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A newly developed technique could one day help astronomers use giant sound waves to test theories of dark energy, the mysterious force thought to be causing the universe to fly apart faster over time.

Called intensity mapping, the technique looks for unique radio emissions of hydrogen gas in galaxies and galaxy clusters to map the large-scale structure of the universe. Hydrogen is the lightest and most abundant element in the universe, and it tends to cluster around galaxies because of their strong gravitational pull.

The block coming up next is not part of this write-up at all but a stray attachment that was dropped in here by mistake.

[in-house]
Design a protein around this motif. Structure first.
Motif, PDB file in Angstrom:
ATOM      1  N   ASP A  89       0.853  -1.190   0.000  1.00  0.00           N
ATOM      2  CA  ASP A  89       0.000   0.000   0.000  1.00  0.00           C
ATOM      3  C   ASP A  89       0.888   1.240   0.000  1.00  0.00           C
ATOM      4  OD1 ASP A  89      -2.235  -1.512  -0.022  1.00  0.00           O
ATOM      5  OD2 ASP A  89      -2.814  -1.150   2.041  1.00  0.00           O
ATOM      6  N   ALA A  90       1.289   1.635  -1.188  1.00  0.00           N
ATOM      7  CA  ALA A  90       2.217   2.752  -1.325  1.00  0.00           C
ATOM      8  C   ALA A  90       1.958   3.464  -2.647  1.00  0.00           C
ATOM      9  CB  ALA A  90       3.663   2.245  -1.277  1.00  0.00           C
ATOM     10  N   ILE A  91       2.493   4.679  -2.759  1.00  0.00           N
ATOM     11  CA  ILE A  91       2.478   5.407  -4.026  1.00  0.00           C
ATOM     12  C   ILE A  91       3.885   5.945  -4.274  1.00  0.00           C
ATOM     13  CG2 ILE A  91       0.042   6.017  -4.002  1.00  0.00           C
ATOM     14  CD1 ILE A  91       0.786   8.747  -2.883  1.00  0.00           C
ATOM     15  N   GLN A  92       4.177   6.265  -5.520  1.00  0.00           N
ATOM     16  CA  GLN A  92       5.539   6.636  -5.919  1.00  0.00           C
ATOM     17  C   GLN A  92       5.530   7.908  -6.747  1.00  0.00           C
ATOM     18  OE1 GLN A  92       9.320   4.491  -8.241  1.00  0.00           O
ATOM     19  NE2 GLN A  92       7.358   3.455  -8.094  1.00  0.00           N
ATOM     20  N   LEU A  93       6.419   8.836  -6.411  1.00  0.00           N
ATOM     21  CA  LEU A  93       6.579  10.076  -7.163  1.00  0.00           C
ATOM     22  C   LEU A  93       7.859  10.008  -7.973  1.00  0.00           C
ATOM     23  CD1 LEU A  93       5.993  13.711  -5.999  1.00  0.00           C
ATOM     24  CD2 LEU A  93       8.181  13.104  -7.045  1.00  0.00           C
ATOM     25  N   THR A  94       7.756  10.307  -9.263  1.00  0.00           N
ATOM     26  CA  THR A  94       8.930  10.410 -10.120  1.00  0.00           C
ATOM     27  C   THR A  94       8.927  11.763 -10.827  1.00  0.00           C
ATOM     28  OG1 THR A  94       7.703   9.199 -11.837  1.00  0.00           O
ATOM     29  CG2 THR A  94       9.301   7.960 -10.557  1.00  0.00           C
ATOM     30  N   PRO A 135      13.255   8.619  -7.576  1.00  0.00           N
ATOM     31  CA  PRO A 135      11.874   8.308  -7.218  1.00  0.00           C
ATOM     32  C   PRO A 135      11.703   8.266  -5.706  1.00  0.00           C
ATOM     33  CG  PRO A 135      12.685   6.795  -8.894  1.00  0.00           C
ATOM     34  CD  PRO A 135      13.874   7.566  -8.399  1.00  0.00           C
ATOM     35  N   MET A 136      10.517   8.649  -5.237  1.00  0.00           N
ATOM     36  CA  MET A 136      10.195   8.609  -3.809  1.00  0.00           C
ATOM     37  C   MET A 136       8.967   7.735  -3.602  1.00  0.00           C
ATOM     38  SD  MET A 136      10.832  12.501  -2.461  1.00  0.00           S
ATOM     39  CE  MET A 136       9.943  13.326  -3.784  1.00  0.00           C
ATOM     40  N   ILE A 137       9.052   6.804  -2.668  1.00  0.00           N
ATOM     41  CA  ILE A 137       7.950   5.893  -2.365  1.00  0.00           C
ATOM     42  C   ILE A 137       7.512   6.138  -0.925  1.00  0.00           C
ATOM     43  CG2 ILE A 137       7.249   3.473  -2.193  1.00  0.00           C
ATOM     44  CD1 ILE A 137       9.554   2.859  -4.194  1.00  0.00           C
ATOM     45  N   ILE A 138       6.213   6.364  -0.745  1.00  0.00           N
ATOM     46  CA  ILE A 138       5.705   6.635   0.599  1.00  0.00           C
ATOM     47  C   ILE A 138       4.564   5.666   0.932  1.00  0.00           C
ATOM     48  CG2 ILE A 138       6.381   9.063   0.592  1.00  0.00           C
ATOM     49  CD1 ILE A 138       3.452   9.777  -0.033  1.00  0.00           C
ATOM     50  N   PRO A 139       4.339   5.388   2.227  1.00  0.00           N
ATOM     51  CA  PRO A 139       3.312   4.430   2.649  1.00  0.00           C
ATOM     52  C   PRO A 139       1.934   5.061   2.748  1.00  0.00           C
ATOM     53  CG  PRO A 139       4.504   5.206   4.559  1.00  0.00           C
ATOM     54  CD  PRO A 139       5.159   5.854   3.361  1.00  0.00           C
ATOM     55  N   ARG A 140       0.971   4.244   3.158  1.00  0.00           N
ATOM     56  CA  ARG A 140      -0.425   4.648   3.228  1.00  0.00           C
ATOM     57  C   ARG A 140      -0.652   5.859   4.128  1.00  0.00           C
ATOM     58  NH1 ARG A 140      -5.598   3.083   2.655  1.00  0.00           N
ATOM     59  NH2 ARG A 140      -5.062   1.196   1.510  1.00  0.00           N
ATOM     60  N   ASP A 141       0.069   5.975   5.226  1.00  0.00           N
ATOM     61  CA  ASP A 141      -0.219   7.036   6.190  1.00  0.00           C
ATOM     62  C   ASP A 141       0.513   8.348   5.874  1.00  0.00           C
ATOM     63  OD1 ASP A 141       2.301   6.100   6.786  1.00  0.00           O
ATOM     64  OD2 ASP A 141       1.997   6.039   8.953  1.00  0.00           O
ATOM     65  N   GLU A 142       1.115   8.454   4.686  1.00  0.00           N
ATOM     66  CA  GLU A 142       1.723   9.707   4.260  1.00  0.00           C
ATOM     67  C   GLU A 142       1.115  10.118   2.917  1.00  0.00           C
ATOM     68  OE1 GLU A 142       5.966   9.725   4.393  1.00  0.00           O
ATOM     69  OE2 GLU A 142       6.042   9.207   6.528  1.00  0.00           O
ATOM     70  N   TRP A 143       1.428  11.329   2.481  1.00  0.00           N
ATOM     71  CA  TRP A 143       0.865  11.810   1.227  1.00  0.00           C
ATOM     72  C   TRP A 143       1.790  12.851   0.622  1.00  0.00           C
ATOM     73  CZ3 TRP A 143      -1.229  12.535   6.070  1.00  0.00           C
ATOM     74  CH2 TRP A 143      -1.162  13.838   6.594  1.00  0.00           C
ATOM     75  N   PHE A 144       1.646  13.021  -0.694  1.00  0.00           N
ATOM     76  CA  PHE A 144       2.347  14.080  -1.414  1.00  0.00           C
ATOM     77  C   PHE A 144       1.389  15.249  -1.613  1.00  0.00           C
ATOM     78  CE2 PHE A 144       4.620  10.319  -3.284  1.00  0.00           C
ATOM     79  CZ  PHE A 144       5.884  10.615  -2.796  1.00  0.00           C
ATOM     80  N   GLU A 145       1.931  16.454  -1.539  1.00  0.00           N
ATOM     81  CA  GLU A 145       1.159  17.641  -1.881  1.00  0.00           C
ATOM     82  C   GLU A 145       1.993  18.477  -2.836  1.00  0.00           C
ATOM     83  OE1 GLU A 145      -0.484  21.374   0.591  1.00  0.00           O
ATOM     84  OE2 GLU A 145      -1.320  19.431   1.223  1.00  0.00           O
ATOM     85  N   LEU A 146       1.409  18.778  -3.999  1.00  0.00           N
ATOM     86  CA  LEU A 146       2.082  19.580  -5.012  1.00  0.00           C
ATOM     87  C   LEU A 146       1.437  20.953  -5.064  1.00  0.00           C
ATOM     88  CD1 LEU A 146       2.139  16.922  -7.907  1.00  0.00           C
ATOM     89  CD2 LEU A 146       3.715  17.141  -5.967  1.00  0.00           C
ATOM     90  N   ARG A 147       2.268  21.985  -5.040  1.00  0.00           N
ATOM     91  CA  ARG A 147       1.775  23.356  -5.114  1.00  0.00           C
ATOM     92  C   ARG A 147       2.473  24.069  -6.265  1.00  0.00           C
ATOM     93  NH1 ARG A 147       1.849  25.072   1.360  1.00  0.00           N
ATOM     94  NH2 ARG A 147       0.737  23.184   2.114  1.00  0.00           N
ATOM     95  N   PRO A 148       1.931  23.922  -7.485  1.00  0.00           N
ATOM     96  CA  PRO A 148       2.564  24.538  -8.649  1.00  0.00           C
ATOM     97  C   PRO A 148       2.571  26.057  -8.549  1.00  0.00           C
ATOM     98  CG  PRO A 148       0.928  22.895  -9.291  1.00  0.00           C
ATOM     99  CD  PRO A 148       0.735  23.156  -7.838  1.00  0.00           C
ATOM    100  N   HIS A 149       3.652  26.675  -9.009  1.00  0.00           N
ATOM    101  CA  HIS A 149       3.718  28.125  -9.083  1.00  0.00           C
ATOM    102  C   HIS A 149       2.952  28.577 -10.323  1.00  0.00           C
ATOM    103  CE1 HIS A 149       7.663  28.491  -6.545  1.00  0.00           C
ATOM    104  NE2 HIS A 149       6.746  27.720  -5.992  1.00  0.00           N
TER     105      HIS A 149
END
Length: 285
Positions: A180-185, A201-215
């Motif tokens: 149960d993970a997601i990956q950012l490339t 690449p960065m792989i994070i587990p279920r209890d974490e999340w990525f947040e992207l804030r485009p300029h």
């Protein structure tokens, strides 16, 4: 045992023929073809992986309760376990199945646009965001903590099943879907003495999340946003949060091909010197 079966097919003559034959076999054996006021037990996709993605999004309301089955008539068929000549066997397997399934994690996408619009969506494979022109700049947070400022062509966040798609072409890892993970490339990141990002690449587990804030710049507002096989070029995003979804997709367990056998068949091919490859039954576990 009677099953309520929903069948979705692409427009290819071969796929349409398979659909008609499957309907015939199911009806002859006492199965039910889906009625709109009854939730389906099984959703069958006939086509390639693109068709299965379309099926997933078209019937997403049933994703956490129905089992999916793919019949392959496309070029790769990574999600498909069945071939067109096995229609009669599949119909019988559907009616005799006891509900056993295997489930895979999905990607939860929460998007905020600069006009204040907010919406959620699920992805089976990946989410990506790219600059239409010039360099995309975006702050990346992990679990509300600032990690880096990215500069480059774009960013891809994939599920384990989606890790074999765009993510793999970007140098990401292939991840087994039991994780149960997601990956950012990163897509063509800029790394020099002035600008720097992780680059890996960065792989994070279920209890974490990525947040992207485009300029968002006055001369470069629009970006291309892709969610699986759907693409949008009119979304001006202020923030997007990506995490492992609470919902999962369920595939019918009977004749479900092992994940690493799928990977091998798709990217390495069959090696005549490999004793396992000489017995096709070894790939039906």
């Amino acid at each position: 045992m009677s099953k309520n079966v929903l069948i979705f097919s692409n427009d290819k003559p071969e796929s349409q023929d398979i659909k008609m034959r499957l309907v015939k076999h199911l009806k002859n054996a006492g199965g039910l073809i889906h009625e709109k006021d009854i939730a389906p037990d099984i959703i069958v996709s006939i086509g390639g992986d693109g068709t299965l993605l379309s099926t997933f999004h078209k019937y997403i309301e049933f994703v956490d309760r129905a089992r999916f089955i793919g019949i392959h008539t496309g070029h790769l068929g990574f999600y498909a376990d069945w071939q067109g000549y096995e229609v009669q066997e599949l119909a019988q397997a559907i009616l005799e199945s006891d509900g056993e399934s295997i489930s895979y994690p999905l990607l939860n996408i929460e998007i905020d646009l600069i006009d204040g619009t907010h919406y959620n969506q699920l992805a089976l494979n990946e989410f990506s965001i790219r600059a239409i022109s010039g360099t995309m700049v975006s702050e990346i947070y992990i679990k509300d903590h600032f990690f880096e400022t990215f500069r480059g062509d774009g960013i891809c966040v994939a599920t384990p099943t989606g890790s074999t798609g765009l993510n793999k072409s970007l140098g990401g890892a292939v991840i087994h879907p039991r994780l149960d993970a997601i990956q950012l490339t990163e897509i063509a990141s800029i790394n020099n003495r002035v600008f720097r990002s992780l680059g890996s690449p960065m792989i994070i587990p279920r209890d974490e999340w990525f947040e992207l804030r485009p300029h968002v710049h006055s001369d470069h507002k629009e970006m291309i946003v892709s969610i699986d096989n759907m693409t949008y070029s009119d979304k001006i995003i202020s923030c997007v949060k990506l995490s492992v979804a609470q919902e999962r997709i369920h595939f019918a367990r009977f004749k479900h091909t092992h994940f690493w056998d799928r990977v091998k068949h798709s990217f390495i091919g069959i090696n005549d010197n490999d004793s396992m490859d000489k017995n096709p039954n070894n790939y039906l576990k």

Until now, astronomers have been mapping large cosmic structures by identifying the galaxies and clusters themselves—a process akin to mapping forests on Earth by counting individual trees. The new method is more like mapping forests by looking for large patches of green.

By speeding up large-scale mapping efforts, the method should reveal how structures in the universe have evolved since the big bang.

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Category: Science